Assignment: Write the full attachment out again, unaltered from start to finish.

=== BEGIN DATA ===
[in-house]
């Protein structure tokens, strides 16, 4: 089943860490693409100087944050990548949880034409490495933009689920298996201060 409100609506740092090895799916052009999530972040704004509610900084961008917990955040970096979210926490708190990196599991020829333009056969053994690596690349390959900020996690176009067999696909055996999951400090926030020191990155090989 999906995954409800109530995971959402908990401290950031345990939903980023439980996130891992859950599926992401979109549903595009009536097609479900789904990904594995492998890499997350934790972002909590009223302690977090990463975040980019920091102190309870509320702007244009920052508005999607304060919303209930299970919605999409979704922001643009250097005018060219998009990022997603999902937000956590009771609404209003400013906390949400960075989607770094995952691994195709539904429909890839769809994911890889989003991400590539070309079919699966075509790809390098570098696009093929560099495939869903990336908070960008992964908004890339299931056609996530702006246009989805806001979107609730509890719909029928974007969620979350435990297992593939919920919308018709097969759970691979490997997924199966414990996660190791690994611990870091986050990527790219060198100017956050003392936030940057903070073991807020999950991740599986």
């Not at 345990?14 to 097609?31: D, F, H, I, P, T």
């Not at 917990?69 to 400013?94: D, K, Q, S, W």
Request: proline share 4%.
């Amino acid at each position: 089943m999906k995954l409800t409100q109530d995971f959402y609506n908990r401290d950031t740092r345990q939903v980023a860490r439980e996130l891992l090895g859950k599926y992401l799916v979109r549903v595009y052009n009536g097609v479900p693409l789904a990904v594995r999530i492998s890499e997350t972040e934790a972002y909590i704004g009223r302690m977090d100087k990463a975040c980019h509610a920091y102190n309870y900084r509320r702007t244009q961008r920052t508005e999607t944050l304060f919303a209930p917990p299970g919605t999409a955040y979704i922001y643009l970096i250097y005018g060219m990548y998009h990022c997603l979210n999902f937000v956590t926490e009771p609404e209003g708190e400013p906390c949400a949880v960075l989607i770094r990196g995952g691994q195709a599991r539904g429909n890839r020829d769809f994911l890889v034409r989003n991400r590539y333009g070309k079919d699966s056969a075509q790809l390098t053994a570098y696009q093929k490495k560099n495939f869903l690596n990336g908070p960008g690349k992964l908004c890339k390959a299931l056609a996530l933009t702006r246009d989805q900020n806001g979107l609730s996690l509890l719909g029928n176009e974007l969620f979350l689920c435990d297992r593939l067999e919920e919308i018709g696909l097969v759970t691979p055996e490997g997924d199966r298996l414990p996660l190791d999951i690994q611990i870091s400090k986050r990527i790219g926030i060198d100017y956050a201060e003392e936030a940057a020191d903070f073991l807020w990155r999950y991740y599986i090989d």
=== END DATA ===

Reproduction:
[in-house]
């Protein structure tokens, strides 16, 4: 089943860490693409100087944050990548949880034409490495933009689920298996201060 409100609506740092090895799916052009999530972040704004509610900084961008917990955040970096979210926490708190990196599991020829333009056969053994690596690349390959900020996690176009067999696909055996999951400090926030020191990155090989 999906995954409800109530995971959402908990401290950031345990939903980023439980996130891992859950599926992401979109549903595009009536097609479900789904990904594995492998890499997350934790972002909590009223302690977090990463975040980019920091102190309870509320702007244009920052508005999607304060919303209930299970919605999409979704922001643009250097005018060219998009990022997603999902937000956590009771609404209003400013906390949400960075989607770094995952691994195709539904429909890839769809994911890889989003991400590539070309079919699966075509790809390098570098696009093929560099495939869903990336908070960008992964908004890339299931056609996530702006246009989805806001979107609730509890719909029928974007969620979350435990297992593939919920919308018709097969759970691979490997997924199966414990996660190791690994611990870091986050990527790219060198100017956050003392936030940057903070073991807020999950991740599986």
């Not at 345990?14 to 097609?31: D, F, H, I, P, T």
């Not at 917990?69 to 400013?94: D, K, Q, S, W």
Request: proline share 4%.
């Amino acid at each position: 089943m999906k995954l409800t409100q109530d995971f959402y609506n908990r401290d950031t740092r345990q939903v980023a860490r439980e996130l891992l090895g859950k599926y992401l799916v979109r549903v595009y052009n009536g097609v479900p693409l789904a990904v594995r999530i492998s890499e997350t972040e934790a972002y909590i704004g009223r302690m977090d100087k990463a975040c980019h509610a920091y102190n309870y900084r509320r702007t244009q961008r920052t508005e999607t944050l304060f919303a209930p917990p299970g919605t999409a955040y979704i922001y643009l970096i250097y005018g060219m990548y998009h990022c997603l979210n999902f937000v956590t926490e009771p609404e209003g708190e400013p906390c949400a949880v960075l989607i770094r990196g995952g691994q195709a599991r539904g429909n890839r020829d769809f994911l890889v034409r989003n991400r590539y333009g070309k079919d699966s056969a075509q790809l390098t053994a570098y696009q093929k490495k560099n495939f869903l690596n990336g908070p960008g690349k992964l908004c890339k390959a299931l056609a996530l933009t702006r246009d989805q900020n806001g979107l609730s996690l509890l719909g029928n176009e974007l969620f979350l689920c435990d297992r593939l067999e919920e919308i018709g696909l097969v759970t691979p055996e490997g997924d199966r298996l414990p996660l190791d999951i690994q611990i870091s400090k986050r990527i790219g926030i060198d100017y956050a201060e003392e936030a940057a020191d903070f073991l807020w990155r999950y991740y599986i090989d």